A step by step guide to Refinancing your Home Mortgage
Before you begin, it’s important to consider why you want to refinance your home loan in the first place. That guides the mortgage refinance process from the very beginning. Here are steps to help you navigate the refinance process.
Step 1. Determine your goal. Consider whether to lengthen or shorten your mortgage.
When you refinance you mortgage, you start the 30-year clock ticking again. If you don’t want to do that, consider a 10-year, 15-year or 20-year mortgage. Reducing the length of your mortgage can be an appealing option for homeowners seeking to pay off their house before retirement.
Step 2. Know your Credit Score.
Your credit score is perhaps the largest factor that will determine what rate you get on your new loan. Before you apply for refinancing, get a copy of your credit reports and make sure there are no errors.
Step 3. Know your home’s value.
Your house will have to undergo an appraisal for the lender to know its worth. That number will help determine how much you can borrow. Check comparable sale prices (not just listing prices) in your neighborhood to see if your house is worth as much as you think it is.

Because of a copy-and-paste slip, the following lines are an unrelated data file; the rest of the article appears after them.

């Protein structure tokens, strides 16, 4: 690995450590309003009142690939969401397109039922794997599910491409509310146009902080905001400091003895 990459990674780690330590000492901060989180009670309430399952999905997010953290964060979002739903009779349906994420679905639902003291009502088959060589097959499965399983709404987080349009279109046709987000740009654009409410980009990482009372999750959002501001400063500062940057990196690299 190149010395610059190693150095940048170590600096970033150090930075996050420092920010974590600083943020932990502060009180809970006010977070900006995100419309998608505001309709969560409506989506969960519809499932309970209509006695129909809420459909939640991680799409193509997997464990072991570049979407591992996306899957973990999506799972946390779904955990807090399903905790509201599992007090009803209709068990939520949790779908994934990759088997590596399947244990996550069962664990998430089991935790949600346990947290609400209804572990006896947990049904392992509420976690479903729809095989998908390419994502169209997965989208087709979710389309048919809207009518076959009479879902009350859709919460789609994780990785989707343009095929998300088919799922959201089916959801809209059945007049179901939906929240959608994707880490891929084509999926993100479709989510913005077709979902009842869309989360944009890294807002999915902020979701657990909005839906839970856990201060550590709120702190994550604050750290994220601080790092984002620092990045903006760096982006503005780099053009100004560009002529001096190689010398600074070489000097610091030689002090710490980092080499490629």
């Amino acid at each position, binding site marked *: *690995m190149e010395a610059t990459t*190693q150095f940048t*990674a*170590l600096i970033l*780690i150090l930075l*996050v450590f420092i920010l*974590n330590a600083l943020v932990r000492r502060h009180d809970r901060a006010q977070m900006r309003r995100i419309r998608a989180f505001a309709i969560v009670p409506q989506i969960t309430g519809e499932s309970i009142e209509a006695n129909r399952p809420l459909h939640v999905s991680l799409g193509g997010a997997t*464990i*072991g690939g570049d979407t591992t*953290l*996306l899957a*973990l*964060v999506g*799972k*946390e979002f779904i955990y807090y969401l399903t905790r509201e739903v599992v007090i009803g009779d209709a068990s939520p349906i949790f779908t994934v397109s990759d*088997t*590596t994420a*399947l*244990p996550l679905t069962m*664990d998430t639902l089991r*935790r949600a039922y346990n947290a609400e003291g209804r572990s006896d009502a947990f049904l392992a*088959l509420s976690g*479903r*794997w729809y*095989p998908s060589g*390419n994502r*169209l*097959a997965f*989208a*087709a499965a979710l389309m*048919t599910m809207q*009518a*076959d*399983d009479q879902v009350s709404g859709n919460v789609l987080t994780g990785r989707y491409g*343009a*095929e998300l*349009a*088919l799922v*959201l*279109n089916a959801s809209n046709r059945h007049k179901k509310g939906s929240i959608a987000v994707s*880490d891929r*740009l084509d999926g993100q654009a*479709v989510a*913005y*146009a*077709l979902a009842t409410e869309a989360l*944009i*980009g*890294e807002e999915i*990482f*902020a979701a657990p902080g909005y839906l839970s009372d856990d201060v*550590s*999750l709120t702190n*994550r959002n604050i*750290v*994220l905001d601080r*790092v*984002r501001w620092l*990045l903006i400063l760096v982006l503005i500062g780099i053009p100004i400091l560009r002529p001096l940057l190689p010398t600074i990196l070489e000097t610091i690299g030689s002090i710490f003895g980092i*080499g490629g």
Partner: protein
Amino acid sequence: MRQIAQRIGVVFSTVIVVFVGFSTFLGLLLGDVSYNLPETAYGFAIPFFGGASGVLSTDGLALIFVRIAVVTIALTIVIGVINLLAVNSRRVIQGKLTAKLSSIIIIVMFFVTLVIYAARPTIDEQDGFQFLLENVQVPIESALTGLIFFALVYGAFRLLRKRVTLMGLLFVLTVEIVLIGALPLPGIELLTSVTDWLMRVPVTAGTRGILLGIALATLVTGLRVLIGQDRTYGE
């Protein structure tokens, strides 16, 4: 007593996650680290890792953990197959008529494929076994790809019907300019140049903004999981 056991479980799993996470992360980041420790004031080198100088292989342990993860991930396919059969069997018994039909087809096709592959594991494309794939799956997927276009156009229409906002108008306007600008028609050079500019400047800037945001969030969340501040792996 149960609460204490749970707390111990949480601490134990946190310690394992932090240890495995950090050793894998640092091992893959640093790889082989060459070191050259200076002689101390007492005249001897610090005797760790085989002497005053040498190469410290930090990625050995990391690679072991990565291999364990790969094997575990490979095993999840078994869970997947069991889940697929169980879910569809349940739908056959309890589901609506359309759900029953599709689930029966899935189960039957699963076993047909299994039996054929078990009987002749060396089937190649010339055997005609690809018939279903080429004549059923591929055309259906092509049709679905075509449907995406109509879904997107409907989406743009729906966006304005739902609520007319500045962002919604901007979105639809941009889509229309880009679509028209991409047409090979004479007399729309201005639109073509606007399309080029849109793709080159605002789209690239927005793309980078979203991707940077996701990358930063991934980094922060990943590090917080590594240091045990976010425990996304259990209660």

Step 3. Shop for your best mortgage rate.
Get refinance quotes from at least three mortgage lenders or brokers. You might start with your bank, but also consult an independent mortgage broker because one may have programs and deals the other doesn’t. Online quotes give an idea of the range of rates available.
Step 4. Know what it will cost to close.
The fees charged by the bank aren’t the only costs you’ll need to pay to refinance. You’ll also need to pay taxes, legal fees, title costs and perhaps put additional money in escrow for taxes and insurance.
» MORE Estimate your Closing Costs
A refinancing that has no upfront closing costs from the lender has the costs built into the interest rate or adds them to the principal balance. If you plan to keep the loan for a long time, you might be better off paying fees.
Step 5. Decide whether to pay more now in exchange for a lower rate.
If you pay “points” on a mortgage – a point is a fee equal to 1 percent of the loan amount – you can get a lower rate. If you pay in cash upfront, not only your mortgage payment will be lower, but more of your payment goes to principal.
Step 6. Get all your documents together.
Make sure you have your basic financial and loan information on hand. Whether you’re scanning, faxing or uploading with your phone, you’ll still need to provide proof of employment, income and assets. That could mean pay stubs, tax returns, bank statements and other documents, which places a premium on organization.
Step 7. Scrutinize the documents before closing.
Ask to see the closing documents at least 24 hours before you’re expected to sign. That gives you time to ask questions and get any errors corrected.